Dear Christopher Paul Curtis,
Your book, Bud, Not Buddy inspired me to never give up and to keep trying even if it seems as if you should, or even if you think it's almost impossible. In the beginning of the book when Bud is in the orphanage, he only had one friend. I went to a school where I knew very few people and most of them I only knew through sports. I had to move to a different school and it took me about half a year to get some friends. When Bud set out to find his dad, it was like me setting out to find friends. Bud had already gone through a lot ever since his mom died, but his journey to find his dad was worse. I had gone through a lot because I had to change my school, and I didn't know my way around. Finding friends was worse than at my other school, especially because I didn't know anyone.
When Bud went to his foster parent's house he only got to stay one or two days, partly because he wet his bed and his foster parents didn't like kids who wet their bed, especially when they were old enough to not wet their bed. I used to wet my bed at an age where most kids would stop wetting their bed. When Bud gets scared in the shed he has to sleep in, he tries to run away early because it's dark and his foster parents want him gone by the next day anyway. When Bud is finding all the information to see how to get to Chicago, it's like when I have a big school project or I'm doing chores and I want to get done with it so I can go play because I'm in a big hurry to play but I want to do it neatly so I don't have to go back and do same stuff again. When Bud is trying to catch the train to Chicago, he feels a lot of excitement but he is also very nervous. To me, that feeling is right before I have a sporting event. I'm excited and nervous.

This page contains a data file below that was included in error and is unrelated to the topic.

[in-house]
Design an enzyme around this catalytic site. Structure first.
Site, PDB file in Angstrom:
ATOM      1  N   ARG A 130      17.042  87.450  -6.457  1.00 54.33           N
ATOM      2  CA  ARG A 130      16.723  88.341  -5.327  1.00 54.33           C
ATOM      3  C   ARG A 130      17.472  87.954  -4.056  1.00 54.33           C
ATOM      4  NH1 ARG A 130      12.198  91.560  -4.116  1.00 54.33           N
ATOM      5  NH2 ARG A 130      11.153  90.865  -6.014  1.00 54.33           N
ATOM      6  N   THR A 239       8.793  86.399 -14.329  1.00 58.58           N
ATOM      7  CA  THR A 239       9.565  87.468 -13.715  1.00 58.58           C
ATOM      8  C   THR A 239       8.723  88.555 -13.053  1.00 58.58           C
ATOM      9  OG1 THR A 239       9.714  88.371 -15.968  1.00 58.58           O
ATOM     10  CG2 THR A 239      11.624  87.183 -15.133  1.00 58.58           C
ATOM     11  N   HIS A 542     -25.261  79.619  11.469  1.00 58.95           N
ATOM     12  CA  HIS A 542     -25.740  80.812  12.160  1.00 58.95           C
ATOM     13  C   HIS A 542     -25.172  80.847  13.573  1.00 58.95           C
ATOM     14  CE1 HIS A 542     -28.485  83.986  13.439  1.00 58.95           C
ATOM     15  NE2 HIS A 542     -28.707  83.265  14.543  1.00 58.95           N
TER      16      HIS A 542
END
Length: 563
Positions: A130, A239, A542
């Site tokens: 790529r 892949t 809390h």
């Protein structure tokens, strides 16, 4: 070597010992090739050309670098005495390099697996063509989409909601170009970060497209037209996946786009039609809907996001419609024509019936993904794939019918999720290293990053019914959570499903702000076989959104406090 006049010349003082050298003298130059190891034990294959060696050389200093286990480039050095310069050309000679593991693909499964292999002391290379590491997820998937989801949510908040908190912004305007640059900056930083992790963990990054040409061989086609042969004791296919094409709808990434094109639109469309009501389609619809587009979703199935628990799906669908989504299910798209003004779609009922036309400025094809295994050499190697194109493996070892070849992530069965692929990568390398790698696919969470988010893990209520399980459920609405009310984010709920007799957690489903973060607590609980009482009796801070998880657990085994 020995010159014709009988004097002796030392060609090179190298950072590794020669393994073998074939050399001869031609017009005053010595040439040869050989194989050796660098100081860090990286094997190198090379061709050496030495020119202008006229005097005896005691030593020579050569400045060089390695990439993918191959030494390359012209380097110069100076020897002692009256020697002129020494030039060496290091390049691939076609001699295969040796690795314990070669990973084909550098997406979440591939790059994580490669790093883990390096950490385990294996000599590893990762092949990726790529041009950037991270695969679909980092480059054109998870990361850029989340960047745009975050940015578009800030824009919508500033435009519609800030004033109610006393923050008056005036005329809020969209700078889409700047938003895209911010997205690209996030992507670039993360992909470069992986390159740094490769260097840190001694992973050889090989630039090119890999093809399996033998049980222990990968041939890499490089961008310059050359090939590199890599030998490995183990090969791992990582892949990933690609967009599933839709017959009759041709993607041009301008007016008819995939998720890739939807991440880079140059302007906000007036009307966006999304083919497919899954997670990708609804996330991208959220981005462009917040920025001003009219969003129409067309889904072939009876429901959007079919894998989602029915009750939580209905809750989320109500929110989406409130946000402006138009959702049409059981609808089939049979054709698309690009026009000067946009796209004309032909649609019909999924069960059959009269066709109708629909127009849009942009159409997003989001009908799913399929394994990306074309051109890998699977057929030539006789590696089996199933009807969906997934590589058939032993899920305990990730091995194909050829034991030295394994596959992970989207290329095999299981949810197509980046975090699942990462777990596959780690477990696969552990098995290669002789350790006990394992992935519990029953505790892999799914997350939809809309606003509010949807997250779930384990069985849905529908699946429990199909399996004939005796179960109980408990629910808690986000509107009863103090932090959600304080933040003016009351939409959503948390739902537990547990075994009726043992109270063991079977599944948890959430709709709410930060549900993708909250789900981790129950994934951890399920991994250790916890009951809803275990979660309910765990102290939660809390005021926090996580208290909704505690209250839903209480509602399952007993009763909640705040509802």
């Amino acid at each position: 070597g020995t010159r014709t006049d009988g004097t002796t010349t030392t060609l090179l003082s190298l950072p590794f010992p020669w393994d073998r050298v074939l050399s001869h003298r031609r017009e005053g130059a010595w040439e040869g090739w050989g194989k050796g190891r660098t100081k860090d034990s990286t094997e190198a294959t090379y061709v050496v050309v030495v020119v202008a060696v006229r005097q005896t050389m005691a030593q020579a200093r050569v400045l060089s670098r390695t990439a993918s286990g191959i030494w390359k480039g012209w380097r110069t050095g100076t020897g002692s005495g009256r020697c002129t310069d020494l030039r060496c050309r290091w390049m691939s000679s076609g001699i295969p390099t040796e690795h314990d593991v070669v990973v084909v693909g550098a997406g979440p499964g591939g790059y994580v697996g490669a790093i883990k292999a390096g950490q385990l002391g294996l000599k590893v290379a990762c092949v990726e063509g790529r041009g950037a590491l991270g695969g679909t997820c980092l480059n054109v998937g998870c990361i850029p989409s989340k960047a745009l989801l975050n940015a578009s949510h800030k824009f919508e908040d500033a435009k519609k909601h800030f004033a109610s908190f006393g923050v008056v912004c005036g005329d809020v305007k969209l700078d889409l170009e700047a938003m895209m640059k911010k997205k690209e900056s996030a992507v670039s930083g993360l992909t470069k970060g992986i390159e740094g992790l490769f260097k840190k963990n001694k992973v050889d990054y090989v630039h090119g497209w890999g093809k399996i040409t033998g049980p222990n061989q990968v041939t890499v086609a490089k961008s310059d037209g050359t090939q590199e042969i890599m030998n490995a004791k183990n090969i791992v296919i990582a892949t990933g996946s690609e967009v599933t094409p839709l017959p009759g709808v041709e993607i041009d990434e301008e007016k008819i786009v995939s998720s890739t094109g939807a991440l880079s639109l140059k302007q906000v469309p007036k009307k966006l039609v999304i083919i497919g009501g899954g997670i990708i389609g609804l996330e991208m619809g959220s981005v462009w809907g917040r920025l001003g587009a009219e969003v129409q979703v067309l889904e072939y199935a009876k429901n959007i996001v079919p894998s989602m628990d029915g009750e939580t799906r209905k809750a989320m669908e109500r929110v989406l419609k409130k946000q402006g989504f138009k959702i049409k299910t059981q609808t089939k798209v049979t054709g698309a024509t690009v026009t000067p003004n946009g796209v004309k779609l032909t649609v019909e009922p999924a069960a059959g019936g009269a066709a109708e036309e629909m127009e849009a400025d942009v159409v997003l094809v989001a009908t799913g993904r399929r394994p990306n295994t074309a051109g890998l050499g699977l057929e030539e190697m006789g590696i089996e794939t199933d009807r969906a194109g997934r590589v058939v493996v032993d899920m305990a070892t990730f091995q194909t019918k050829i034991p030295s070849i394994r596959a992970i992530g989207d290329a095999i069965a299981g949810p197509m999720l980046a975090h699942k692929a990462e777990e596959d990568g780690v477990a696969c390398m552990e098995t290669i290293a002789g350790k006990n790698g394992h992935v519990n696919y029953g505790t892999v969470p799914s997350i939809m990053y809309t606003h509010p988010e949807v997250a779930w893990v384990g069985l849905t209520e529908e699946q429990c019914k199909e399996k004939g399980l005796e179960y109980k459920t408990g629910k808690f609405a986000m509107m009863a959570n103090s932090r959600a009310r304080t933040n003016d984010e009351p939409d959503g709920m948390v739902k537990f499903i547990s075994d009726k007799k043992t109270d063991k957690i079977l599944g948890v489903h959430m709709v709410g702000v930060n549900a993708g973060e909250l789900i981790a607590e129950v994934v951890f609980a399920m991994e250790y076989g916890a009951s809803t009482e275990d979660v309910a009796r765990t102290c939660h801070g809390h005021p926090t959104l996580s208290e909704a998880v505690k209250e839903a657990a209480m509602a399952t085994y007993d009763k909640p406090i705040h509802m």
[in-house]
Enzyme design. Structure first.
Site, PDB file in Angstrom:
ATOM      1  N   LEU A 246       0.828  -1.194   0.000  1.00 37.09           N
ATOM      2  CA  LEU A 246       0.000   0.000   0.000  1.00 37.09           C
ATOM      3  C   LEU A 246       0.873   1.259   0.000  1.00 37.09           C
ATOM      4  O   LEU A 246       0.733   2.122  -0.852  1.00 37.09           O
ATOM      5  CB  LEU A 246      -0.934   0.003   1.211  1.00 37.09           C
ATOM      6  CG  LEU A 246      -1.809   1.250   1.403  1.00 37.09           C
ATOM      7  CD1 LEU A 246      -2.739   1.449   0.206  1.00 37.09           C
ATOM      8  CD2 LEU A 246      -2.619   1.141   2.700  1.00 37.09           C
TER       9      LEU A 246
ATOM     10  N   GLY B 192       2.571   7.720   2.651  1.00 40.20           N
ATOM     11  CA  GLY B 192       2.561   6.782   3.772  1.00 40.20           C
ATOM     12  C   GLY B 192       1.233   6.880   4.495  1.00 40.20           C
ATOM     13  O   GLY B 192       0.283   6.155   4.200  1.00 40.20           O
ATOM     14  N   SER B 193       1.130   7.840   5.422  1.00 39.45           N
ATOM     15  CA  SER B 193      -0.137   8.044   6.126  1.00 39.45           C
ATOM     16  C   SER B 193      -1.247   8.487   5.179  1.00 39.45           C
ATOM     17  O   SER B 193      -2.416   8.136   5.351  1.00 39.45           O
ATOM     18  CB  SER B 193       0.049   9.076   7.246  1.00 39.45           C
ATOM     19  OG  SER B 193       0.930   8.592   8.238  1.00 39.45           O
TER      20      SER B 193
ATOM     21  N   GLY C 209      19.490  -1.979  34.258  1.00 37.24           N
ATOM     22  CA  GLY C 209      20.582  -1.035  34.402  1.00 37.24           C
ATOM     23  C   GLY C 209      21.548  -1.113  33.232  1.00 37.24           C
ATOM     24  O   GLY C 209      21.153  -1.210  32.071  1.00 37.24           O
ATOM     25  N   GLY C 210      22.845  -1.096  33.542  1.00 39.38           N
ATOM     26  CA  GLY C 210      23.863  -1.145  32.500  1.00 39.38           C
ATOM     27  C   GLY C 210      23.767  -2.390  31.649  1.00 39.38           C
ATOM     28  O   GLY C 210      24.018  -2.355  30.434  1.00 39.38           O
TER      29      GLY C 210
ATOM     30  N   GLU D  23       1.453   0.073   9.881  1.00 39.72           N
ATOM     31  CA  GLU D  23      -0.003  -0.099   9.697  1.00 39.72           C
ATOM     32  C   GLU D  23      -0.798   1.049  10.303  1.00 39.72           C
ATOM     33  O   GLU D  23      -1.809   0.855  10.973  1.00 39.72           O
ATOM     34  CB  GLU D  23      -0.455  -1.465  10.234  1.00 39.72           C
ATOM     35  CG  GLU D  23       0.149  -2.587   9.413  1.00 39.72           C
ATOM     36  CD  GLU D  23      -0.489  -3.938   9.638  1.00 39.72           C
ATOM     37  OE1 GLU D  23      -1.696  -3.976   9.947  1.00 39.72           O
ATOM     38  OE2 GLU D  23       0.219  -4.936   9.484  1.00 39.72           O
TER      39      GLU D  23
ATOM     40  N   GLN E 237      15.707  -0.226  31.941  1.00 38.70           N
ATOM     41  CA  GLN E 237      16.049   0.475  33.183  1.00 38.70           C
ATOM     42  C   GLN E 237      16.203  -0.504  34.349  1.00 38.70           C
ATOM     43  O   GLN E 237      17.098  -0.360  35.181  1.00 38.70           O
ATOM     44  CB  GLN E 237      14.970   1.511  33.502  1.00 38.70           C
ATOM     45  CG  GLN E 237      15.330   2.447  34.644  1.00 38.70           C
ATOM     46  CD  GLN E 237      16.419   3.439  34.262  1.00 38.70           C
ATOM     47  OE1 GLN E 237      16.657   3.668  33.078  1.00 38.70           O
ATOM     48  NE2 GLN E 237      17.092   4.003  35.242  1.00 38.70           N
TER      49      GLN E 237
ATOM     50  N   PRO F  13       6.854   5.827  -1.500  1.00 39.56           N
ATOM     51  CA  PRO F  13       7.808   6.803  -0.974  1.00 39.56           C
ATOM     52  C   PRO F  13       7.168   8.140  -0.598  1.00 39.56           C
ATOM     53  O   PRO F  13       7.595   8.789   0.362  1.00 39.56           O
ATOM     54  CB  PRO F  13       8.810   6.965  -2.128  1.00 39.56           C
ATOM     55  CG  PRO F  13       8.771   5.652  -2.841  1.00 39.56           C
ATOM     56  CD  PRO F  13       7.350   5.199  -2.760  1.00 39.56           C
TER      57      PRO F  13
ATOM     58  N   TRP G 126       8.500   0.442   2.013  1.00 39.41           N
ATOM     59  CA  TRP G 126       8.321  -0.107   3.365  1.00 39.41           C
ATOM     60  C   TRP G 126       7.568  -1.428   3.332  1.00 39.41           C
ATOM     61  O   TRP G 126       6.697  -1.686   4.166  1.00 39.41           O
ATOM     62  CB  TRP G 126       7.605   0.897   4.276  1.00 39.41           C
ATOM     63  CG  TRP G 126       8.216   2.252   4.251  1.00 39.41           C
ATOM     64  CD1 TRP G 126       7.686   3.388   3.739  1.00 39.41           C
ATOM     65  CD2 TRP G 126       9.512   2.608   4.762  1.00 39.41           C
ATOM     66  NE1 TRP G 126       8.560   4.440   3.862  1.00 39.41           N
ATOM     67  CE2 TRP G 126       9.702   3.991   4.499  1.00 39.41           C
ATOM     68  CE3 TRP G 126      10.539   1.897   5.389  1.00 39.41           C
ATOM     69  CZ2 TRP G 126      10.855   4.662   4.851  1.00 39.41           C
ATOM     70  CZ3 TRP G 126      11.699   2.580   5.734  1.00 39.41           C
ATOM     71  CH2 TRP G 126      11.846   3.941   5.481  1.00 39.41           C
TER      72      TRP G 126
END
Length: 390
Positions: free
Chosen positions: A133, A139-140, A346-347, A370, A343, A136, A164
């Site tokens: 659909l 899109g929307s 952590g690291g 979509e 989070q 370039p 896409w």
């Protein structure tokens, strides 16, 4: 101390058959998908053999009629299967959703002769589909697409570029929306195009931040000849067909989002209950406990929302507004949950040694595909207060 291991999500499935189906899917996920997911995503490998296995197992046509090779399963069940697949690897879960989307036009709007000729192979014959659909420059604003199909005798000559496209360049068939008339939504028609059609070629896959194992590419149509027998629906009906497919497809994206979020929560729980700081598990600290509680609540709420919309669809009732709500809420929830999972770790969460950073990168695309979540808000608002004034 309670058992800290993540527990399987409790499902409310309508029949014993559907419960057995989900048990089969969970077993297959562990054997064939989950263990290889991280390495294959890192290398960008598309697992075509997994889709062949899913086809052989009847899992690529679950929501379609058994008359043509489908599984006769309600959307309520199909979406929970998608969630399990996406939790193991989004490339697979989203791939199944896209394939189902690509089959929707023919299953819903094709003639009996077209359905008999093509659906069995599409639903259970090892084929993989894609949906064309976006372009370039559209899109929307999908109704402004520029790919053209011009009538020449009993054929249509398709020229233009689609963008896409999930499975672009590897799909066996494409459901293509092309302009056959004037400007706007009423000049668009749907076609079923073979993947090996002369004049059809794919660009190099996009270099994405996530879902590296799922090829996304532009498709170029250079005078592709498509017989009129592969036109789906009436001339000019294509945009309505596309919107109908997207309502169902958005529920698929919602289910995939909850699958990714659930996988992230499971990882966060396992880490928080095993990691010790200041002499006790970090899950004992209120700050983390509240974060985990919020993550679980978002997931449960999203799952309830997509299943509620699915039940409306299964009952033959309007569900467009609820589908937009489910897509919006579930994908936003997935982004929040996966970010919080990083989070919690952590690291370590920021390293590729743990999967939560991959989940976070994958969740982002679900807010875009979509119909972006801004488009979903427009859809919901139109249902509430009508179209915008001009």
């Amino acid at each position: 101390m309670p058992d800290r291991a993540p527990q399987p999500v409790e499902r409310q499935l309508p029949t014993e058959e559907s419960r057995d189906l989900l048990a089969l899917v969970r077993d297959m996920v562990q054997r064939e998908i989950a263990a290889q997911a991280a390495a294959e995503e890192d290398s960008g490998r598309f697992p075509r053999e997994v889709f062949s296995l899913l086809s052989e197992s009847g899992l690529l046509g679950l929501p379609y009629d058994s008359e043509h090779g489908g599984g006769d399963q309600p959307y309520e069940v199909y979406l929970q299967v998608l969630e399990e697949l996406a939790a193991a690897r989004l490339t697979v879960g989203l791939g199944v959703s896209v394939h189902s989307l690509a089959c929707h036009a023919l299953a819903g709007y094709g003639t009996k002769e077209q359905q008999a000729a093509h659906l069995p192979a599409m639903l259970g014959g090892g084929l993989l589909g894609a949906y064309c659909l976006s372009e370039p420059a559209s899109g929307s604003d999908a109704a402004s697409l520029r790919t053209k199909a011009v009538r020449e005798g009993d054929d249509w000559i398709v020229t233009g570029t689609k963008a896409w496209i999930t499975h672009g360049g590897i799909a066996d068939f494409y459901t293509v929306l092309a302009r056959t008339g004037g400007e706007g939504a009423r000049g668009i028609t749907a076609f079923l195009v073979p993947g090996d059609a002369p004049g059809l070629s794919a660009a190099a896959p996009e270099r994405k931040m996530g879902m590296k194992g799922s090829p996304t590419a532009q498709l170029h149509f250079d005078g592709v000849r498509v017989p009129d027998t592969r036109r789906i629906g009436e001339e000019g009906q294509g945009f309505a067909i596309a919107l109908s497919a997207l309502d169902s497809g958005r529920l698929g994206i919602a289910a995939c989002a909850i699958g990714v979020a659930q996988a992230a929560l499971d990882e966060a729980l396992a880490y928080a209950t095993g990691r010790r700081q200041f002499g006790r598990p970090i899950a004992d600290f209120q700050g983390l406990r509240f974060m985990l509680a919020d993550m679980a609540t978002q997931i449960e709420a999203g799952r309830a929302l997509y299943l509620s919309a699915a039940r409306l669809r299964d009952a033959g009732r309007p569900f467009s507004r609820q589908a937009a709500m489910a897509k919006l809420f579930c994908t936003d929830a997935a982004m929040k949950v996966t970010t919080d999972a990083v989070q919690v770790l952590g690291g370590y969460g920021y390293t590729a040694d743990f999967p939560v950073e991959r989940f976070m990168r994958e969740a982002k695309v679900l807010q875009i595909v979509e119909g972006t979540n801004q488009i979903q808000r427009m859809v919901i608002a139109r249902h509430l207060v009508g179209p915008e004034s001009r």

Bud is trying to get to his long-lost dad (To him) he ends up finding a band instead. But Bud has a connection to the band leader. Little does he know he is actually Bud's Grandpa. When Bud first meets the band, they take Bud out to dinner. There, Bud has the dinner of his life. When it's my birthday I get to pick the place I want to go. I always pick my favorite place called the Macaroni Grill. There I have the dinner of my life. Bud's first night with the band he sleeps in his mom's room but he doesn't know it. When the band gives Bud his saxophone, it's like when I get a gift for my birthday or Christmas. My brother used to play the trumpet and it took some time for him to get comfortable with it. It took some time for Bud to get comfortable with his saxophone.
Your book taught me that things aren't easy in life and that it is a journey to a lot of things. Bud had life changing experiences and reading this book was truly one of the biggest experiences I've encountered.